Paul L. Caron

Sunday, September 6, 2015

IRS Agent Charged With Sexual Battery During Audit

IRS Logo 2Breitbart, IRS Agent Charged With Sexual Battery During Audit:

A 36-year old IRS agent is facing charges of sexual battery by an authority figure.

The Tennessean reports that Samuel Garza, an IRS agent, was arrested by the Williamson County (Tennessee) Sheriff’s Office on Thursday, “after authorities say he sexually assaulted a woman while he was performing an audit on a Fairview, Tennessee business.”

According to a media release issued by the Williamson County Sheriff’s Office in Franklin, Tennessee, “Garza is employed by the United States Department of the Treasury Internal Revenue Service. The charges are related to an IRS audit that Garza was performing on a Williamson County business.”

A report in the Tennessean late Friday provided additional details:

Samuel Garza, 36, of East Main Street in Hendersonville, has been charged with two counts of sexual battery by an authority figure in connection to the reported assault that took place this week, court papers show.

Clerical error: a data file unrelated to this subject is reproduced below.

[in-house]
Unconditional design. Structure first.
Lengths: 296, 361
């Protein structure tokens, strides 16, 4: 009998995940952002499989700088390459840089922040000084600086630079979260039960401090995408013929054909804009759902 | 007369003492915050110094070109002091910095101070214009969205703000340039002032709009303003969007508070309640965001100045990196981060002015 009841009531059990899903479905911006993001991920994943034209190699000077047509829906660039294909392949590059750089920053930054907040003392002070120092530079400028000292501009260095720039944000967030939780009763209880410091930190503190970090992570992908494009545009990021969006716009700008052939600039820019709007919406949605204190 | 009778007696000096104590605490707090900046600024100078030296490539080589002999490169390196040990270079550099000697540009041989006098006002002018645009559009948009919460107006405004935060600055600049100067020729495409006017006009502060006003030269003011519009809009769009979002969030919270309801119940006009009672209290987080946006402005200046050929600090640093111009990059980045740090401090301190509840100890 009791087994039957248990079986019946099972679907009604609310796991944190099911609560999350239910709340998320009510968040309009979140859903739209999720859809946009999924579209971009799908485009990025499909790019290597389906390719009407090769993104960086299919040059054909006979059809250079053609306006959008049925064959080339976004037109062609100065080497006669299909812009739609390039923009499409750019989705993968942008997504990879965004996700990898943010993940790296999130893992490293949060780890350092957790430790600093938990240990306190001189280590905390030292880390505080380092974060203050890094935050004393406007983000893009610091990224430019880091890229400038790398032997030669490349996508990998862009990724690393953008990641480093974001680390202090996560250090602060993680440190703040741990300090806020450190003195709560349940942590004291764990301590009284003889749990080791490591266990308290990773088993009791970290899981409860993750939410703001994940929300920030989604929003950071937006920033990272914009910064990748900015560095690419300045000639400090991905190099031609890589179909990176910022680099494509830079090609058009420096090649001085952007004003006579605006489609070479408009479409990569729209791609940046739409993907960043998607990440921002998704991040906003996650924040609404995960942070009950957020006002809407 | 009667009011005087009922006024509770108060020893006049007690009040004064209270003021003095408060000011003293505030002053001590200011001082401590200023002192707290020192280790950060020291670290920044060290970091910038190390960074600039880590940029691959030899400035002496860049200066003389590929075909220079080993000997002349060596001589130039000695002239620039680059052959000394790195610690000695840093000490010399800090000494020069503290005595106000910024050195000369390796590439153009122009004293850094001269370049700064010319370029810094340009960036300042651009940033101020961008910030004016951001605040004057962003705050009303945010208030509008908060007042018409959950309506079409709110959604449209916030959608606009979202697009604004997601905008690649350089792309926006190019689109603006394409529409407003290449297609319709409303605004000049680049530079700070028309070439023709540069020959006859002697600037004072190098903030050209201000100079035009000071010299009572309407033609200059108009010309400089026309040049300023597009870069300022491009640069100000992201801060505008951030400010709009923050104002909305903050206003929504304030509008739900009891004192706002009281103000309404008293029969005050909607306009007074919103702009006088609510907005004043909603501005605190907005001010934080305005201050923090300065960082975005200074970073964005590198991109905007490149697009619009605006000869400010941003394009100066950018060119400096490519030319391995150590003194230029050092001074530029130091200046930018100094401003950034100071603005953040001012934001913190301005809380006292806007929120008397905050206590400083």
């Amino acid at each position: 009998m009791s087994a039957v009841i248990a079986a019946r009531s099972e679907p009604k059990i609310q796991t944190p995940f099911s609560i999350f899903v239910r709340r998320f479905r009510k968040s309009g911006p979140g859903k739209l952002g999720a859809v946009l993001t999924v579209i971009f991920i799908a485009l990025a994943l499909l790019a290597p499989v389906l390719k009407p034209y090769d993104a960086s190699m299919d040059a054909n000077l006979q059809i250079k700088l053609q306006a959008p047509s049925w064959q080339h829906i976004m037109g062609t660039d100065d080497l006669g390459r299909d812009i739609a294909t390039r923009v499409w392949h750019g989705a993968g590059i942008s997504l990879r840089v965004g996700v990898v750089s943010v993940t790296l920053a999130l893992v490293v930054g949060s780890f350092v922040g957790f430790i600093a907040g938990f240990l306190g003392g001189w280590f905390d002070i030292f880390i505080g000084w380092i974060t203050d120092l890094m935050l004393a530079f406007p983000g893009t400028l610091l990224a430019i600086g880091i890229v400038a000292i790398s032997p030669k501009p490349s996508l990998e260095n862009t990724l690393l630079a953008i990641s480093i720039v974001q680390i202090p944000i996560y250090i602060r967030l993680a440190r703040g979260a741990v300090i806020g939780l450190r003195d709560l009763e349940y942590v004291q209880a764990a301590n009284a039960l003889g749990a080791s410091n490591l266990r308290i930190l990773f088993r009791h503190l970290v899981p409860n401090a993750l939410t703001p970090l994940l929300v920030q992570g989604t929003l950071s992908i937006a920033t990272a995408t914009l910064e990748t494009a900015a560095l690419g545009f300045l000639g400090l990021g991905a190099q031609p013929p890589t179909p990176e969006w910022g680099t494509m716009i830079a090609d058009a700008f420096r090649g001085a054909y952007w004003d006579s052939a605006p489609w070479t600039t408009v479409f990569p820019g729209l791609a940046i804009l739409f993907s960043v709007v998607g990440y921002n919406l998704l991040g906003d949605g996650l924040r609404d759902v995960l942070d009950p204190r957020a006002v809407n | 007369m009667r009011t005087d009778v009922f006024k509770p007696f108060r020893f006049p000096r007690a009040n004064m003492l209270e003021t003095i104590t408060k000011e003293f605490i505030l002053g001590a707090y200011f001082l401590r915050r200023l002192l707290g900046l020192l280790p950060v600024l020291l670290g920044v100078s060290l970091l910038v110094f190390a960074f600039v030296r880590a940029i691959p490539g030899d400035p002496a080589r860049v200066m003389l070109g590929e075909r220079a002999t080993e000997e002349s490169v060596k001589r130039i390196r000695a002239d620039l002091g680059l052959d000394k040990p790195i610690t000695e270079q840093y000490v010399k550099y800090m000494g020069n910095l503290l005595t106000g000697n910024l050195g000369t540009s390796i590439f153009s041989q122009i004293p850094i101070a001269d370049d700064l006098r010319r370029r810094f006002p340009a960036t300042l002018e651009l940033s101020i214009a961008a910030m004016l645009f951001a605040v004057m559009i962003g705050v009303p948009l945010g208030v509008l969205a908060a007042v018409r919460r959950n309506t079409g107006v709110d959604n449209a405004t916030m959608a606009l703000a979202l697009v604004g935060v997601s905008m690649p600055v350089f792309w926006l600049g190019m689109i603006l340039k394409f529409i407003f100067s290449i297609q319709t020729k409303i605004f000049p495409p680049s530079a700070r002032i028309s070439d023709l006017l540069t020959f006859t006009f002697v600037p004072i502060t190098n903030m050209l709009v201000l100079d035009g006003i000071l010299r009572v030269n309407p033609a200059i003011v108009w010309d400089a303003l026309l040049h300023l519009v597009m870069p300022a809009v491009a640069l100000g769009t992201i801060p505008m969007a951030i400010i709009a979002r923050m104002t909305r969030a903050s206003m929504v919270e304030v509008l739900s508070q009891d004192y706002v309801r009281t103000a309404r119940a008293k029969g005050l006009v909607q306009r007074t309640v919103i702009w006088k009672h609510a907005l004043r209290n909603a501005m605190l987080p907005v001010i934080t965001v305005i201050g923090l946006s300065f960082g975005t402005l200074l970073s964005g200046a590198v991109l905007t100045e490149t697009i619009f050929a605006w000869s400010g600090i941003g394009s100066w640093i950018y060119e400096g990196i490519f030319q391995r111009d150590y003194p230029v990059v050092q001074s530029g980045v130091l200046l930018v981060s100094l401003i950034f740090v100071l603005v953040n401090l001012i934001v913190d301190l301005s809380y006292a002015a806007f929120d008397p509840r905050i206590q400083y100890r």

Court papers show that on Wednesday Garza visited the owner of a business on Fairview Boulevard to conduct a tax audit. “Garza made sexual overtures and implied the business could be lost without cooperation,” an affidavit states.

Garza then reportedly told the victim he would return to the business the next day and instructed her to wear a dress. The affidavit states he then sexually assaulted her despite her “asking him to stop.”

The next day, the victim — in fear of losing her business — wore a dress and met with Garza, who again sexually assaulted her, the affidavit says.

IRS News, Tax | Permalink


Recall for a moment the highway signs that warn that punishments for traffic violations double along stretches of the highway getting road work.

We need similar policies for those working in all levels of government, federal, state and local. Punishment for crimes should double when connected with their duties as government employees. Fast-track prosecutions wouldn't be a bad idea either.

Posted by: Michael W. Perry | Sep 6, 2015 4:46:21 AM